Question 3: Will it impact energy bill in good or bad way?

By Karen Castro |

Published 10/27 2016 10:42PM

Updated 10/27 2016 10:48PM

Nevada residents voting yes or no on Question 3 are deciding whether or not the state will go off the grid.

NV Energy is the biggest electrical company in the state, providing 90 percent of the state's electricity.  However, Question 3 would reduce energy market regulations and eliminate legal monopolies.

Question 3 would create an open energy market in Nevada.

Supporters of Question 3 claim deregulation would bring in more competition, driving down rates and creating jobs while opponents say it would do the exact opposite as it has in other states.

The ballot measure is a proposed amendment to the state's constitution which requires voter approval during two even-numbered elections.  State legislators would then have until 2023 to come up with an implementation plan, including regulating out of state power companies doing business in Nevada.
"It doesn't matter that they are outside the state; the point is to enter our market to sell electricity to Nevadans, said Lucas Foletta, Yes on Question 3 campaign.  "Those companies, if they so choose will have to comply with certain regulatory requirements and thresholds in order to get into this market."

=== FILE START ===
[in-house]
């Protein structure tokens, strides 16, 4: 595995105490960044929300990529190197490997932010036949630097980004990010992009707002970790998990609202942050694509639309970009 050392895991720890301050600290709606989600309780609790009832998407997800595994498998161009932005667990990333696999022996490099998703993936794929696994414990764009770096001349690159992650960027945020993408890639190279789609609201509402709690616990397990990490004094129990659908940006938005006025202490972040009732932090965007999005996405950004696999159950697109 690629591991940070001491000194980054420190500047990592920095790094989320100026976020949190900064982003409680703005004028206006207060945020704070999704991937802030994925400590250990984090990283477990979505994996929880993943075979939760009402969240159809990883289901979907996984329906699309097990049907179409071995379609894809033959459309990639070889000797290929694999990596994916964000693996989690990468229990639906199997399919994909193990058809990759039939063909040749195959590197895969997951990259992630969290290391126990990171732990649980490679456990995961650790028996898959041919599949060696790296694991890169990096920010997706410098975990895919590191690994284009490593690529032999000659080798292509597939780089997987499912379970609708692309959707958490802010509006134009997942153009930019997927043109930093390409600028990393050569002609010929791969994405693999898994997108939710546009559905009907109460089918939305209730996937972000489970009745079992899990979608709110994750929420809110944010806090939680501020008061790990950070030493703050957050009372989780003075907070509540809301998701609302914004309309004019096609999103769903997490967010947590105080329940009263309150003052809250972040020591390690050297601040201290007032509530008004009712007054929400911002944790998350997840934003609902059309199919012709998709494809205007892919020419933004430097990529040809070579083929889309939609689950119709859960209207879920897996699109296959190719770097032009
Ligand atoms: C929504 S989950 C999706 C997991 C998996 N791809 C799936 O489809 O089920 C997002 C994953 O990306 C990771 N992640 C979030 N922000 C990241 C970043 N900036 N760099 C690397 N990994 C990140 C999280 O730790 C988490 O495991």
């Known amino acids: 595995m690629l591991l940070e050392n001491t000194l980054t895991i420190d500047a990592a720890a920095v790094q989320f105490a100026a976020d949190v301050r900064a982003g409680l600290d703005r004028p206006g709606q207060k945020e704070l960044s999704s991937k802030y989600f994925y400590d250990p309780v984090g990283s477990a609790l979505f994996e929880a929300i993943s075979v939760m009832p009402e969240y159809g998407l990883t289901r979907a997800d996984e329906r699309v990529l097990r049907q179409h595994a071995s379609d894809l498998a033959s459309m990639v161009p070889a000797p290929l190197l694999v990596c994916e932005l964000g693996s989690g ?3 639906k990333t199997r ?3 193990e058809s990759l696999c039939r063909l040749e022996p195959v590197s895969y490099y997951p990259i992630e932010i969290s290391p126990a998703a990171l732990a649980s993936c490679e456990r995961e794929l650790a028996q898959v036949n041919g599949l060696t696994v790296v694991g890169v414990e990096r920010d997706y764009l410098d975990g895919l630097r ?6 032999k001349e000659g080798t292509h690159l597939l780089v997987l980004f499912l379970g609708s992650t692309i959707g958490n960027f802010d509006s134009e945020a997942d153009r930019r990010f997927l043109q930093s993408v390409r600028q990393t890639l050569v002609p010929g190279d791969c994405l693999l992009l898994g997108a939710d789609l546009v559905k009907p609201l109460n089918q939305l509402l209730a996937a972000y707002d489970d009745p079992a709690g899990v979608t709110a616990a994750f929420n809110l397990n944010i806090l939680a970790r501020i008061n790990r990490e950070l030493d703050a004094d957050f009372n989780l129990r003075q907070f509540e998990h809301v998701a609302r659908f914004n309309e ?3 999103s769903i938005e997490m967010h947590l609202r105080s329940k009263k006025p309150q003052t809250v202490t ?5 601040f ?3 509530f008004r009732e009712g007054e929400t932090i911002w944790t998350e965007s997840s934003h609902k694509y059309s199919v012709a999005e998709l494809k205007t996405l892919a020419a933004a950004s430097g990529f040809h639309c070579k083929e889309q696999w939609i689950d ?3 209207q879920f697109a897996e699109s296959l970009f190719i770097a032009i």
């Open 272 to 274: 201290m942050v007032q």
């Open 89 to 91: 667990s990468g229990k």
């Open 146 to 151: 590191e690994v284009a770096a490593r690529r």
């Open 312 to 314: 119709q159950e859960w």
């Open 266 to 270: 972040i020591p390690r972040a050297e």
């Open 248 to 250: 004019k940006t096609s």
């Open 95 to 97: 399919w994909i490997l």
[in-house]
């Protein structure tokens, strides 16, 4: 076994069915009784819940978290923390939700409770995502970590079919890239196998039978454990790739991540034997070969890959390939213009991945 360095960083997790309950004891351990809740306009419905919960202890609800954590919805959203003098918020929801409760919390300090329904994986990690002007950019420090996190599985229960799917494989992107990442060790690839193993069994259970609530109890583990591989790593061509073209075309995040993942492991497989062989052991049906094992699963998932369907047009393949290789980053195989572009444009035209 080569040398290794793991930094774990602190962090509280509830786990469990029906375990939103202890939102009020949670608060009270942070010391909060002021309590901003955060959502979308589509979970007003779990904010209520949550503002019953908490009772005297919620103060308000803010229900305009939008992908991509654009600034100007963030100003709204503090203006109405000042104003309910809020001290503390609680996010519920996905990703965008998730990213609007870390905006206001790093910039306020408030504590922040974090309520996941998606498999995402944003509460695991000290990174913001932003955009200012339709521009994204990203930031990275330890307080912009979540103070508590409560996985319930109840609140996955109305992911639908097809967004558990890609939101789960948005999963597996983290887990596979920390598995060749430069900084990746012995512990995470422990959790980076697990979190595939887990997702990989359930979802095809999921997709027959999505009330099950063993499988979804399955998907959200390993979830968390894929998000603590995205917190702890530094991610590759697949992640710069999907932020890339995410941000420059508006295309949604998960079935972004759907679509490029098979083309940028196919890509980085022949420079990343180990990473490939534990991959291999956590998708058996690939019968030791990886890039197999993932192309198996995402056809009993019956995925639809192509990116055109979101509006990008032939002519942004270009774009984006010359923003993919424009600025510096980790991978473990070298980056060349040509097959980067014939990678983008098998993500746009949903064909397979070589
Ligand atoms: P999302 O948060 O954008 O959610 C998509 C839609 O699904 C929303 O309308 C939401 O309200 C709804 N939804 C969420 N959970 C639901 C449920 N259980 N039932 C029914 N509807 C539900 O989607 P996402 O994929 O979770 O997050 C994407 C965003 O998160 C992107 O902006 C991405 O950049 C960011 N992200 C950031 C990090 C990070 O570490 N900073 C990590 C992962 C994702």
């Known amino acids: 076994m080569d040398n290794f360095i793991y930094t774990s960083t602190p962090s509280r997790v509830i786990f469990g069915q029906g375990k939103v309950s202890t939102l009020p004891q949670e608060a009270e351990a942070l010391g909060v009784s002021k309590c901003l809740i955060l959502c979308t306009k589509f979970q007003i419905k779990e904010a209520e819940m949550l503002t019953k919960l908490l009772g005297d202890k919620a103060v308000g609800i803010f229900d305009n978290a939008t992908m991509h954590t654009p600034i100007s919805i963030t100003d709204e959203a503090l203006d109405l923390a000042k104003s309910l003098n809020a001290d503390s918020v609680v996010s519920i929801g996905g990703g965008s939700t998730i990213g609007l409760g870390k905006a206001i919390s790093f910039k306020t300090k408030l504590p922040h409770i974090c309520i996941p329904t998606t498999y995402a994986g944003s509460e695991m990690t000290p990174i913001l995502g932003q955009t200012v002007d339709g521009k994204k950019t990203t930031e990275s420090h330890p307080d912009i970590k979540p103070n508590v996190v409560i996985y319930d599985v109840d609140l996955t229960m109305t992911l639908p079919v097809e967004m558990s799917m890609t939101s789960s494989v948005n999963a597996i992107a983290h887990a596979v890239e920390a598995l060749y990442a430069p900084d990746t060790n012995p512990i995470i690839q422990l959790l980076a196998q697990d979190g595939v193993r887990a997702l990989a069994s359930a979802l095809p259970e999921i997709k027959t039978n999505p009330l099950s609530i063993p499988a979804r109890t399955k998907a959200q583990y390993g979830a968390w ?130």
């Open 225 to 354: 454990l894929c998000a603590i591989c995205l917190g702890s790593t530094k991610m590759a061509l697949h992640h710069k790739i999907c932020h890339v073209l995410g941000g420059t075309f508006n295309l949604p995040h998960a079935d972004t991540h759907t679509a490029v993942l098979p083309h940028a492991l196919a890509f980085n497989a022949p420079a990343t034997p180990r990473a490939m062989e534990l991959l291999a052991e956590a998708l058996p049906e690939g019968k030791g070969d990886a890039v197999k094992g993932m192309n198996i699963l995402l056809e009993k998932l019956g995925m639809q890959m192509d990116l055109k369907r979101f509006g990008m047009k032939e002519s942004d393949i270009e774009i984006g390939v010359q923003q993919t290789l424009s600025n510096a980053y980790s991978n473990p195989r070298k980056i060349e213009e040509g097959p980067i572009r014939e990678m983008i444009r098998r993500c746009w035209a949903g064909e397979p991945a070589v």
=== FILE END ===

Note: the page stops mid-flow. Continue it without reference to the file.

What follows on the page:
However, the No on Question 3 campaign does not believe out of state companies will be regulated, and they believe this will put ratepayers at risk.

"What happens is, power generators from outside the state can come in unregulated and sell to customers whatever power they want to sell to them," said Mike Schneider, No on Question 3 campaign.

Question 3 would allow consumers to shop around for electricity, but here's the question: Does more options mean cheaper rates?
It depends on who you ask.
Schneider doesn't seem to think it will mean cheaper rates.

"They're dreaming," Schneider said.  "Every state that they deregulated in, the cost has gone up to the rate payer in every single state."

"That's just fear mongering," Foletta said. "When they talk about other states, what they're really talking about is California in the late 90's and what Enron did there."

Enron was an energy company behind a fraud scandal that significantly affected California residents.

When it comes to job creation, Yes on Question 3 released a study that the first ten years of having an open market, an estimated 63,000 new clean energy jobs would be created.

Opponents say it will force major layoffs at NV Energy.

"I think it'll be disastrous in the short term and the long term," said Schneider.

"Under our current system, where by we buy electricity we're giving up all the benefits of competition," said Foletta. 

When it comes to Question 3, NV Energy has decided to remain neutral.  However, in a statement, the company did release a list of 'key principles' for Nevada's energy future.

It states the document does not include the risks, nor the impact deregulation has had in other states.  It also laid out what it believes customers want including, affordable rates, access to clean energy, and job security for power company's employees.

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